Researchers are creating new CRISPR tools to help contain the transmission of mosquito diseases

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Larva of the vasa-Cas9 Culex quinquefasciatus mosquito line, which was generated as part of a new set of genetic tools designed to help stop the transmission of mosquito disease. The image shows the bright fluorescent protein used to trace transgenic elements. Credit: Gantz Lab, UC San Diego

Since the beginning of the CRISPR genetic editing revolution, scientists have been working to harness technology to develop gene impulses targeting mosquitoes that spread pathogens, such as the Anopheles and Aedes species, which spread malaria. dengue and other life-threatening diseases.

Much less genetic engineering has been devoted to the genus Culex , which spread devastating afflictions from the West Nile virus, the leading cause of mosquito-borne disease in the continental United States, as well as other viruses such as the Japanese encephalitis virus (JEV) and the pathogen that causes malaria. avian, a threat to Hawaii birds.

Scientists at the University of California, San Diego, have now developed several genetic editing tools that help pave the way for a possible genetic generation designed to prevent Culex mosquitoes from spreading the disease. Genetic units are designed to spread modified , in this case, those that disable the ability to transmit pathogens to the entire target wild population.

As detailed in the magazine Communications on nature, Xuechun Feng, Valentino Gantz, and colleagues at Harvard Medical School and the National Emerging Infectious Disease Laboratories developed a Cas9 / guide-RNA expression “toolkit” designed for Culex mosquitoes. From so little attention to has been dedicated to Culex mosquitoes, researchers had to develop their toolkit from scratch, starting with a careful examination of the Culex genome.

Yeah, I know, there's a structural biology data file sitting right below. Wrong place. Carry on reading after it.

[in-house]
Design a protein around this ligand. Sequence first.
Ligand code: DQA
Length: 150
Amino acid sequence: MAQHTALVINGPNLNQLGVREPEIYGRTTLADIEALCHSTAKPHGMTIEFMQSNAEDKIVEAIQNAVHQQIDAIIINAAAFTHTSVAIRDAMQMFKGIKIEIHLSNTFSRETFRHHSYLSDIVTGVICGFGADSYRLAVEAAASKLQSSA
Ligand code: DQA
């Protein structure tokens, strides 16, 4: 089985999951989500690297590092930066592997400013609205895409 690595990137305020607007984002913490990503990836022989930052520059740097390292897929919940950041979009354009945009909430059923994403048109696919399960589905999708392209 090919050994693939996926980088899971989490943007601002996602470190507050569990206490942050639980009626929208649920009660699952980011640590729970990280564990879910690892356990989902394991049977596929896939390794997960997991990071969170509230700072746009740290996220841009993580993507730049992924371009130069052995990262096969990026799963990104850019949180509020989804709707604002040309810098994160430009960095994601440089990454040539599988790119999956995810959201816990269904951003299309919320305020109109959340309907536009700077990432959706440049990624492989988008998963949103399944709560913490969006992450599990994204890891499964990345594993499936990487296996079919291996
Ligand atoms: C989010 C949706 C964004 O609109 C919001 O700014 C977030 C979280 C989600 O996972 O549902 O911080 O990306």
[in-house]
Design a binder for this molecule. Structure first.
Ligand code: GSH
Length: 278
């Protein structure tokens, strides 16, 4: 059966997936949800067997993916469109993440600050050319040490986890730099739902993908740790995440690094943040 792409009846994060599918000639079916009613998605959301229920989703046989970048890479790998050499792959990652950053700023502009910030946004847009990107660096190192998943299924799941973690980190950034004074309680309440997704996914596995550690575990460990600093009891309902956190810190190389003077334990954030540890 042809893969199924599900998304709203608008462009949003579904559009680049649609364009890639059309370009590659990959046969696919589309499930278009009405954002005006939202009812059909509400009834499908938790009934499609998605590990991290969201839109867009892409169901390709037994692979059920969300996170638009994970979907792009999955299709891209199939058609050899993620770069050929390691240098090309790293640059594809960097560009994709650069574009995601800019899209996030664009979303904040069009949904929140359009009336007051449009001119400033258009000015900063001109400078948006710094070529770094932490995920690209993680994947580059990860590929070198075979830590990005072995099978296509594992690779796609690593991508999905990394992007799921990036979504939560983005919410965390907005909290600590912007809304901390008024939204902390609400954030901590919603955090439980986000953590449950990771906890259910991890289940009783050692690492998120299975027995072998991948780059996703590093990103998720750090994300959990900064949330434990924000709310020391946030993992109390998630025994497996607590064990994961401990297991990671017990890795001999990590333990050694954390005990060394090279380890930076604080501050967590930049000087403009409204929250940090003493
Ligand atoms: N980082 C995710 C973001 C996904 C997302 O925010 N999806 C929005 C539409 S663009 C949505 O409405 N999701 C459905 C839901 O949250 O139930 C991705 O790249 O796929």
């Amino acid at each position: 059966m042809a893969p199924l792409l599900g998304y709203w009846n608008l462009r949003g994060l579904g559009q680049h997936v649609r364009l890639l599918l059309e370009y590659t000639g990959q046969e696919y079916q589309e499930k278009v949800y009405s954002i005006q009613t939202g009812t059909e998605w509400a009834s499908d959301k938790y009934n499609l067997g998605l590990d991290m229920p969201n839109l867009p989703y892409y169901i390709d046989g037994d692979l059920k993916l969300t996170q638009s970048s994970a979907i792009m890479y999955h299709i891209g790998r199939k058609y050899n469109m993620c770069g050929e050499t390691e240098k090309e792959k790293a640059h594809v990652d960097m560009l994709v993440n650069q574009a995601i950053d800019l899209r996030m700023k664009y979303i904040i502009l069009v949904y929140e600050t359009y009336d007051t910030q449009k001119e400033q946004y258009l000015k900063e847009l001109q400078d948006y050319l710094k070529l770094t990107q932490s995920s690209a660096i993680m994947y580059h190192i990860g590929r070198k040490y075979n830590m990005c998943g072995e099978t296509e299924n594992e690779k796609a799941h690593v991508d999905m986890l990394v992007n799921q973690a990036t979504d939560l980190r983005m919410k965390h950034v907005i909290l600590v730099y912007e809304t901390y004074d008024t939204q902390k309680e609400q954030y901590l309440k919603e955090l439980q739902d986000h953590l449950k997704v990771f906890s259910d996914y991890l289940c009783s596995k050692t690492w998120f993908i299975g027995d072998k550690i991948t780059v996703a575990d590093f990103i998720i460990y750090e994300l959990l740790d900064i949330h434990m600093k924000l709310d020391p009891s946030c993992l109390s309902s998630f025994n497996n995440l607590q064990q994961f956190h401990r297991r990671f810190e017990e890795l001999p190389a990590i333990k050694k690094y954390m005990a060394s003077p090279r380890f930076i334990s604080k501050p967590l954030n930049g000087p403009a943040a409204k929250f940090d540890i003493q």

“My co-authors and I believe our work will be impactful for scientists working on the vector biology of Culex disease, as new genetic tools are needed in this field,” said Gantz, assistant researcher in the Division of Biological Sciences from UC San Diego. “We also believe that the scientific community beyond the field of gene unity will successfully welcome these findings, as they could be of great interest.”

Although Culex mosquitoes are less problematic in the United States, they pose a much greater health risk in Africa and Asia, where they transmit the worm that causes filariasis, a disease that can lead to a debilitating chronic condition known as elephantiasis. .

The researchers also showed that their tools could work on other insects.

Researchers are creating new CRISPR tools to help contain the transmission of mosquito diseases

Larvae of the vasa-Cas9 Culex quinquefasciatus mosquito line, which was generated as part of a new set of genetic tools designed to help stop the transmission of mosquito disease. The image shows the bright fluorescent protein used to trace transgenic elements. Credit: Gantz Lab, UC San Diego

“These modified gRNAs may increase gene unit yield in the fruit fly and could potentially offer better alternatives for future gene generation and generation products in other species,” Gantz said.

Gantz and colleagues have tested their new tools to ensure proper gene expression of CRISPR components and are now about to apply them to a genetic boost in Culex mosquitoes. This construction of a gene unit could be used to stop the transmission of pathogens by Culex mosquitoes or, alternatively, to be used to suppress the mosquito population to prevent the bite.


Simple genetic modification aims to prevent mosquitoes from spreading malaria


More information:
Xuechun Feng et al, optimized CRISPR tools and site-directed transgenesis towards the development of the gene unit in Culex quinquefasciatus mosquitoes, Communications on Nature (2021). DOI: 10.1038 / s41467-021-23239-0

CitationResearchers create new CRISPR tools to help contain mosquito disease transmission (2021, May 28), retrieved May 29, 2021 at https://medicalxpress.com/news/2021-05-crispr-tools- mosquito-disease-transmission.html

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